Date: Thursday, April 20, 2023
Source: Splash 24/7
Global trade patterns are being remoulded at a fast clip, with reshoring now clearly diminishing China’s dominance in the transpacific box trades.
Covid, a more strident China, tensions along the Taiwan Strait, and the war in Ukraine have all played their part in many companies looking for alternative places to source their goods lately.
Data from Oslo-based freight rates platform Xeneta published today shows the immense growth of Vietnam as a growing source for manufacturing goods bound for the US.
Focusing on the US, the last five years have seen a rise of 26% in containerised imports from Asia. However, of the 12 major economies in the region, China tied with Singapore in recording the lowest growth in these exports, with a 7% increase, according to Xeneta. Hong Kong was the only one of the economies not to grow volumes at all. Vietnam, meanwhile, saw a growth rate of 156% of containerised trade into the US between 2017 and 2022.
A similar trend emerges in terms of the share of imported volumes. In 2022, 56% of all containerised imports into the US from Asia came from China. The apparent strength of this figure clouds the reality that this share has actually fallen by 10 percentage points from 2017. Vietnam, on the other hand, has almost doubled its share, from 6% in 2017 to 11% in 2022.
The International Monetary Fund found that investments by foreign companies into China fell to their lowest level in close to two decades in the second half of 2022. They collapsed by 73% year-on-year, down to $42.5bn. Putting this into context, between the second half of 2020 and first half of 2022, foreign investments averaged $160bn in each half year.
By way of contrast, Vietnam has seen FDIs grow by 61.2% year-on-year across the first three months of 2023, including a 62.1% increase in the number of new foreign-invested projects. The processing and manufacturing sectors attracted the most investment here, accounting for around 75% of the total.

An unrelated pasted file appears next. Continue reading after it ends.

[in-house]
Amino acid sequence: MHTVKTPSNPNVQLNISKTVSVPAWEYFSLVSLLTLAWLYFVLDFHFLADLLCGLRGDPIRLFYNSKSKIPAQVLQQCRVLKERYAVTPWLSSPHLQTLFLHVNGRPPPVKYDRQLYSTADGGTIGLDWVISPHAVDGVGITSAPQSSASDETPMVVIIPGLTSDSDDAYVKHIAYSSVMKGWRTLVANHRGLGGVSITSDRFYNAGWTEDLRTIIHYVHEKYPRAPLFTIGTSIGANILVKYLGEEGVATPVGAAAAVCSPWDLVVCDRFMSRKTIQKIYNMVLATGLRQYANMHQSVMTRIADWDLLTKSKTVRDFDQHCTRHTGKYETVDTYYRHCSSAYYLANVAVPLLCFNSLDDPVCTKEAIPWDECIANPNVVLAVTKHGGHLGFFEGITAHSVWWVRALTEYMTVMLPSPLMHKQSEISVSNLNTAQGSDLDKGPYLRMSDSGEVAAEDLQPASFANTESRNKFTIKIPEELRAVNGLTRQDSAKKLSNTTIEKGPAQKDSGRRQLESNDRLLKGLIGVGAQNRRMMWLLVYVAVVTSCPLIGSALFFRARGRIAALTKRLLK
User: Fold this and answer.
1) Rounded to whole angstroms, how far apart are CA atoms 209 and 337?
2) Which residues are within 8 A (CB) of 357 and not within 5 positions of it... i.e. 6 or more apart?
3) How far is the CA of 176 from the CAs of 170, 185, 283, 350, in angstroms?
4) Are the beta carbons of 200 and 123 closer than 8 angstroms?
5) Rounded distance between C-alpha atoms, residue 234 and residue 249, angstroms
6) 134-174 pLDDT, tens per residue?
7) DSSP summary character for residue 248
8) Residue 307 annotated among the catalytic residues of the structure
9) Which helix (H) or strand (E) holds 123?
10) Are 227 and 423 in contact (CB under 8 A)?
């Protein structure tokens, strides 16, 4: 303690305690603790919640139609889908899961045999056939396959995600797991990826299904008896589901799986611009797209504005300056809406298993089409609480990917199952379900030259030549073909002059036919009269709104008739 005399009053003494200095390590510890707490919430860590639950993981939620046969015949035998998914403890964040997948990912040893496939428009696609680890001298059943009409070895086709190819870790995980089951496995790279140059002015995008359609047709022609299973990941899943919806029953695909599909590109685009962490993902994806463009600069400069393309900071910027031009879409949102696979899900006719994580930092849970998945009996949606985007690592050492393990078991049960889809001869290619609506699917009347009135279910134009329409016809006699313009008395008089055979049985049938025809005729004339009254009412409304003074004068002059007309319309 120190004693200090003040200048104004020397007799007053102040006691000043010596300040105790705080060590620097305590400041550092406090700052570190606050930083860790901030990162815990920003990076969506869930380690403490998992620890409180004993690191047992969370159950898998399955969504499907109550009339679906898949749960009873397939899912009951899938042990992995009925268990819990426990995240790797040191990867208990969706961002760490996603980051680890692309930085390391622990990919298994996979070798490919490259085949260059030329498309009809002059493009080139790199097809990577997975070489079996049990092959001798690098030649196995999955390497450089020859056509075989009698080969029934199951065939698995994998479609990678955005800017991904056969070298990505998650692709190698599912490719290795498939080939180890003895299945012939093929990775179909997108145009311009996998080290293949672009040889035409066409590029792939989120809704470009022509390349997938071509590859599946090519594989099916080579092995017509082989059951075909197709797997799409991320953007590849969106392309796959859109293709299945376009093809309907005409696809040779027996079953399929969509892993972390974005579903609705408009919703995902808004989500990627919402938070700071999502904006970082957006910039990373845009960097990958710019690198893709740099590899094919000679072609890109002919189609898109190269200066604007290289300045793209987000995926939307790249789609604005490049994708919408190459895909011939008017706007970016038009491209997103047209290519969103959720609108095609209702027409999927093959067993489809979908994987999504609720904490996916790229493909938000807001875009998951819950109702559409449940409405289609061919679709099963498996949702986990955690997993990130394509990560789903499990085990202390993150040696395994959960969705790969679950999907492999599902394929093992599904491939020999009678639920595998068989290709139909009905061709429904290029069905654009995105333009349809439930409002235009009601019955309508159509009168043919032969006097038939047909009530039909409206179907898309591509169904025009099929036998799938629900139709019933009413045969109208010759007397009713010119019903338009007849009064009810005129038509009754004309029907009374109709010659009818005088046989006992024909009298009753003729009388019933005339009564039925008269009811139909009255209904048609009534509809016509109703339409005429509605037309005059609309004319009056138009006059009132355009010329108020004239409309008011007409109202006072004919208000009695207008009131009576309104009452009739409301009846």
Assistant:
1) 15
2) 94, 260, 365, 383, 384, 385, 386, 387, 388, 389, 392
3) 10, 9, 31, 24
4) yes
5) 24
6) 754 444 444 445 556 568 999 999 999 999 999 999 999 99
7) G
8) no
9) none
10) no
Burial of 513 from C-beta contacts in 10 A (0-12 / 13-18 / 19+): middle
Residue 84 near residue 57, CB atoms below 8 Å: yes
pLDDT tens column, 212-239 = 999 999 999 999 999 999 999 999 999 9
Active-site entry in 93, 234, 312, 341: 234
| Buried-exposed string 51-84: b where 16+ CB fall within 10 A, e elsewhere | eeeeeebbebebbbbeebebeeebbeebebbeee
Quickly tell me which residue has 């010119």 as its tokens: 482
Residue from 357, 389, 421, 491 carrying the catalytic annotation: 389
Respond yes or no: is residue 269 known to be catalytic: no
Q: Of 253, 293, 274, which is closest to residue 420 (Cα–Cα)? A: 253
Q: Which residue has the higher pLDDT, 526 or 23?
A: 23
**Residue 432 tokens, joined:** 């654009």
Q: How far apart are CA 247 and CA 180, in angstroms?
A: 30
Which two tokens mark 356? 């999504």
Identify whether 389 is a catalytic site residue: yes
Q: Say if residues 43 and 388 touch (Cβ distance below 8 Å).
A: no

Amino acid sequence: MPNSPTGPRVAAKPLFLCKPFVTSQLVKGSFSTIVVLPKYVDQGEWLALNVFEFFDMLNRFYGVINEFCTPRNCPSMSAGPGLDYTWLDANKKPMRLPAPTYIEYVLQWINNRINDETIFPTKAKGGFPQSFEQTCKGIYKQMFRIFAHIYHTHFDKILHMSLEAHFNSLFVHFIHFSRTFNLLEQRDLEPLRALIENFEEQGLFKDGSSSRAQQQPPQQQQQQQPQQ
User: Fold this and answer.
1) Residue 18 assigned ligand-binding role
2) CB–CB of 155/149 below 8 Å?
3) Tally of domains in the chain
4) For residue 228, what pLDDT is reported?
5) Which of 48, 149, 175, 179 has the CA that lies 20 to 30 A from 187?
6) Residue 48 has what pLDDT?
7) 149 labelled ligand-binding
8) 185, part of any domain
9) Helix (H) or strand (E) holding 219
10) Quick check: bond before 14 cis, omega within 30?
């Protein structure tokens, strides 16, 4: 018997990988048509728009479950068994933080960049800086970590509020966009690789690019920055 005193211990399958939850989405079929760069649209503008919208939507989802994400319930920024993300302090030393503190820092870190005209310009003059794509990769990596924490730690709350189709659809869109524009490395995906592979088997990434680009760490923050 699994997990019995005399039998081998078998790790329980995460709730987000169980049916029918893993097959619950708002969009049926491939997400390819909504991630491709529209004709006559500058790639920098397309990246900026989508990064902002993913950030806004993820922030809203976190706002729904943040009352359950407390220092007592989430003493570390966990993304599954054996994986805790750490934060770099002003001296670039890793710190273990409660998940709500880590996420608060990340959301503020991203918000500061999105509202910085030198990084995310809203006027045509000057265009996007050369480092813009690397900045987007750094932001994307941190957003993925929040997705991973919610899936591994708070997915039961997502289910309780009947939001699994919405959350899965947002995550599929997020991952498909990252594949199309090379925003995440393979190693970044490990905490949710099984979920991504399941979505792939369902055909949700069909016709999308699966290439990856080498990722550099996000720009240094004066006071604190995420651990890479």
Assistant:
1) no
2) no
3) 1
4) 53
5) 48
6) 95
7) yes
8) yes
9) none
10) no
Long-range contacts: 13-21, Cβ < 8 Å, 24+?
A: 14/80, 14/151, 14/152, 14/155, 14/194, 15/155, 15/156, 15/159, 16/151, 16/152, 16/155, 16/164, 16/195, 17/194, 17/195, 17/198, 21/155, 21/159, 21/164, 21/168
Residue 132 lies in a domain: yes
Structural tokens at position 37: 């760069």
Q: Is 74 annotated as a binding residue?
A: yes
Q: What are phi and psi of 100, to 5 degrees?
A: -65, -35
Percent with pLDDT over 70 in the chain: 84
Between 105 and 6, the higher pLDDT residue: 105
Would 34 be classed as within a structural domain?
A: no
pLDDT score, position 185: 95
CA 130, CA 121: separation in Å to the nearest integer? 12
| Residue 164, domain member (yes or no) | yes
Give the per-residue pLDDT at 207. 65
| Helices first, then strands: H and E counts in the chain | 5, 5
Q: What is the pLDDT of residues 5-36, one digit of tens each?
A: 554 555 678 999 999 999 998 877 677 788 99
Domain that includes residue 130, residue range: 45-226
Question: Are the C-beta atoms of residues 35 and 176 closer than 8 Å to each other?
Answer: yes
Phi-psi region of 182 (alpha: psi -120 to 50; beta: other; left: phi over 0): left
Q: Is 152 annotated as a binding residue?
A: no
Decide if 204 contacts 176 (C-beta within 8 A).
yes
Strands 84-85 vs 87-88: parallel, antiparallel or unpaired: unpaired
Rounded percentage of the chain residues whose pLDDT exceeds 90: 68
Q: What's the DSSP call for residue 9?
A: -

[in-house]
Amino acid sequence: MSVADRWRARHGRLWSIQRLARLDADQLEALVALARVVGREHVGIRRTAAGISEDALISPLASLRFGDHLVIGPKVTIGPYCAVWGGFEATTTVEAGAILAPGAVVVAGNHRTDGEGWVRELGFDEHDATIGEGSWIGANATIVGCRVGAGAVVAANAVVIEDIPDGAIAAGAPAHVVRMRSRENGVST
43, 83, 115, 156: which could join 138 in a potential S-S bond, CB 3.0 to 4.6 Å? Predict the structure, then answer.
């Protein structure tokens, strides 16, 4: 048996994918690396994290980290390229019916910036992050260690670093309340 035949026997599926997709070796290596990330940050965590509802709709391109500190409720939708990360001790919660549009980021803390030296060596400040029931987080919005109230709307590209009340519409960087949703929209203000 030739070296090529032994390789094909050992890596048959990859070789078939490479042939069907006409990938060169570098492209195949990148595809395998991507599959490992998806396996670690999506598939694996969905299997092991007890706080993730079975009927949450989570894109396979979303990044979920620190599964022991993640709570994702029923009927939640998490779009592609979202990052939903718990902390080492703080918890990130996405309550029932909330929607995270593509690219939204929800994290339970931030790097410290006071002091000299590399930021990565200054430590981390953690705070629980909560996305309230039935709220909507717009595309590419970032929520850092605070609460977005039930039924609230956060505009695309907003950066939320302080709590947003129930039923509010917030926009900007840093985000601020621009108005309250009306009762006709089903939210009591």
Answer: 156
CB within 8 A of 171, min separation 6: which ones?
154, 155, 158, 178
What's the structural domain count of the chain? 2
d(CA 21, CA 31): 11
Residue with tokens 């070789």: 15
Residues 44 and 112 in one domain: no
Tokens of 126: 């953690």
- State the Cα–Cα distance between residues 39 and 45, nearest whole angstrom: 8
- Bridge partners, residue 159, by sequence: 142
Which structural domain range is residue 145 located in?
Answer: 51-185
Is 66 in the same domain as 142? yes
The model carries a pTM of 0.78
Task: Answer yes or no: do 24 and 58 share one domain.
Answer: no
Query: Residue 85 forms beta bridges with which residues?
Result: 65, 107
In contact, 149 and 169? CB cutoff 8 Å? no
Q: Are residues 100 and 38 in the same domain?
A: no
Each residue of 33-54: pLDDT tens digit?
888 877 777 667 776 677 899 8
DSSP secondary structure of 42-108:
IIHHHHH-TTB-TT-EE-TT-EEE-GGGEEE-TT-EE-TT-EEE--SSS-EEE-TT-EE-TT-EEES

Into this year, the data to the US looks similar, while also highlighting the growth of new markets for Chinese exporters keen to fill the gap left by the Americans.
March saw a clear drop in exports from China to the US, with $3.6bn less trade than the year before. However, despite this significant fall, China’s total exports managed a year-on-year growth rate of 15% in March thanks to booming trade with Russia and countries in south Asia.
Emily Stausbøll, a market analyst at Xeneta, commented: “It takes time to build new production bases and make port infrastructure investments, as we’re seeing in, for example, Vietnam, Cambodia and Singapore, so the impact of investments today won’t be fully appreciated until tomorrow. This implies that the changing trade patterns we’re seeing now could just be the beginning of a far greater realignment.”
A recent study released by global consulting firm Kearney found that as many as 96% of American CEOs are evaluating reshoring as a strategy, an increase of 18% on 2022. Most already have committed to reshoring, or are already reshored.
“We seem to be heading toward a sustained reshoring movement,” said Omar Troncoso, a partner in Kearney’s consumer and retail practice. “Reshoring is becoming both a cause and an effect of companies significantly rethinking how they construct and operate a supply chain that will carry them forward into the next decade.”
Xeneta’s Stausbøll concluded: “Moving forwards, the evidence suggests we’ll see more trade and investment decisions based on geopolitics rather than, say, availability or price. How this progresses, and the speed of change, will be dependent on a range of uncertain factors – not least the escalating tension around Taiwan. So far, Europe has maintained its share of imports from China, with key leaders taking a more conciliatory approach than the US, but another major geopolitical event could transform that.”